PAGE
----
SINGAPORE - The East Asian Institute at the National University of Singapore has new leadership after both stalwart chairman Wang Gungwu and director Zheng Yongnian stepped down recently.
Dutch national Bert Hofman has taken over from Professor Zheng since last week after being World Bank country director for China, Mongolia and Korea based in Beijing. He was previously chief economist for the World Bank and director of its Singapore office between 2011 and 2014.
Mr Hofman is EAI's fourth director after Prof Zheng, Prof Yang Dali and Prof Wang, who headed the centre from 1997 to 2006 before he became its chairman.
When contacted, Mr Hofman said he was excited to join the institute, which has a strong reputation in studying China and North East Asia.
"This is a particularly good time to join the institute as China's arrival as a key player on the international stage requires fresh thinking on issues ranging from China's own policies, its relationships with its trading partners, to the shape of the international order," he said.
He cited the current trade dispute between the United States and China as an issue which requires "more than ever fact-based analysis of the causes and nature of the tensions, its possible impact on the region, and development of options for possible solutions".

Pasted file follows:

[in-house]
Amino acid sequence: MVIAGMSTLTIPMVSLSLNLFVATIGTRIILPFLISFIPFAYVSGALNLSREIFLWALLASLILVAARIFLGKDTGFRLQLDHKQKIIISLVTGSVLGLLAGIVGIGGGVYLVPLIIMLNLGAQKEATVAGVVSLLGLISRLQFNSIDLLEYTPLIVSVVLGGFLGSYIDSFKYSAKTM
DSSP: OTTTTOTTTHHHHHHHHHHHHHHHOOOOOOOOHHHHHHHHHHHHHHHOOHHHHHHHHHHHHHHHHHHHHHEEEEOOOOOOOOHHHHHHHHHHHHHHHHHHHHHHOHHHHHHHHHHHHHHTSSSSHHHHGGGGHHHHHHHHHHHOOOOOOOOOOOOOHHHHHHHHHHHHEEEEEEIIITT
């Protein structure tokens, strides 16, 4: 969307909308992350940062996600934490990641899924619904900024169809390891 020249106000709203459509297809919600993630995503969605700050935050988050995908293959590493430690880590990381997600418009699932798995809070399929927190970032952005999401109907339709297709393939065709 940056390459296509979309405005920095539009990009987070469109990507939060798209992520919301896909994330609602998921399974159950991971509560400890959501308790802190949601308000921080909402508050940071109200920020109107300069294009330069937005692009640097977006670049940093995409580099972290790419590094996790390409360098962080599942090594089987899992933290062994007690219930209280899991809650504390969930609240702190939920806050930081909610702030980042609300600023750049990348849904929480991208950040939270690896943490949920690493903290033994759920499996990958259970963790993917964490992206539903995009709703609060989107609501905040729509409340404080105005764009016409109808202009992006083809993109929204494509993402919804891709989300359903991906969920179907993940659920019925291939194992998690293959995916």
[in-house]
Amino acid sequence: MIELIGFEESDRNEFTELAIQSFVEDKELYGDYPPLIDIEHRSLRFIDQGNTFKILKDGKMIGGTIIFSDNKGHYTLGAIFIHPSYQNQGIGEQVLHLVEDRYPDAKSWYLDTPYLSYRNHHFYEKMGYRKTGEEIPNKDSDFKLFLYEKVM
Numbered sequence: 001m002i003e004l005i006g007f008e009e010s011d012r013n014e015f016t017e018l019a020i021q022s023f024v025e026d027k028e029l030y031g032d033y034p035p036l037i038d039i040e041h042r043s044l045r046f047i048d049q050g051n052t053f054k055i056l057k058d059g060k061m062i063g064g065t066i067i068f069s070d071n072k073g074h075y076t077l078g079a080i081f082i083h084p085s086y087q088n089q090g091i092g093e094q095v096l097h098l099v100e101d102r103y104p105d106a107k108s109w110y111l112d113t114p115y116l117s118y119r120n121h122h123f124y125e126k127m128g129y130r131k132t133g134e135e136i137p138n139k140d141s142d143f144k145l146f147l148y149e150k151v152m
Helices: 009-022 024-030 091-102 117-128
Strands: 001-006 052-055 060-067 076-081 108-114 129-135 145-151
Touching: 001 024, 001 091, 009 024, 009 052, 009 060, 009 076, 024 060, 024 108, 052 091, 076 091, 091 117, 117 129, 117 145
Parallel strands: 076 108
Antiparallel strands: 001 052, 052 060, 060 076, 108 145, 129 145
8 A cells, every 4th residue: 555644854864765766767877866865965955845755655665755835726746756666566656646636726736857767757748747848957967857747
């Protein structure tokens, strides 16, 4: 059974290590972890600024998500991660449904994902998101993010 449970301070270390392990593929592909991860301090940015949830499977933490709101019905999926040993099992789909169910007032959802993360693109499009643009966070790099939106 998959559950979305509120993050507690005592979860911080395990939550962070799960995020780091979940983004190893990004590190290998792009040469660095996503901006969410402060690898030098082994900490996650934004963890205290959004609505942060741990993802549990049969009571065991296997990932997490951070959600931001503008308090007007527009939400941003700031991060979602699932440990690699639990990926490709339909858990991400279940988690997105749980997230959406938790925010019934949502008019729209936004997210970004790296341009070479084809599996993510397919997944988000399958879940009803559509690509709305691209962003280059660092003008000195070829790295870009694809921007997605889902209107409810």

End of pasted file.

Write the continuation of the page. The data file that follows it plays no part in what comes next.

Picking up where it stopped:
"I hope that EAI can continue to contribute knowledge and analysis to these and other important issues for the East Asia region," he said.
Mr Hofman, who has an economics degree from Erasmus University Rotterdam and a masters in economics from the University of Kiel in Germany, is no stranger to the region, having also worked as country director for the Philippines for the World Bank before his first posting to Singapore.
Prof Zheng told The Straits Times that after 11 years running the institute, he wanted to shift his focus to research, having amassed a number of large research projects.
"I hope that by relinquishing the directorship, I will be able to write up these projects in this new period of my career. I also feel that EAI could do more to serve Singapore, and I do believe that the new director will lead the institute to a new stage," said Prof Zheng, who remains at the institute as research professor.
Prof Wang recently also handed over the institute's chairmanship to Dr Teh Kok Peng, another former World Bank executive.
Dr Teh started his career at the World Bank and, before his retirement in 2011, was president of special investments at the Singapore Government's private equity arm GIC. He is a senior adviser of Hong Kong-listed investment bank China International Capital Corporation.
Dr Teh earned his PhD in economics at Oxford University.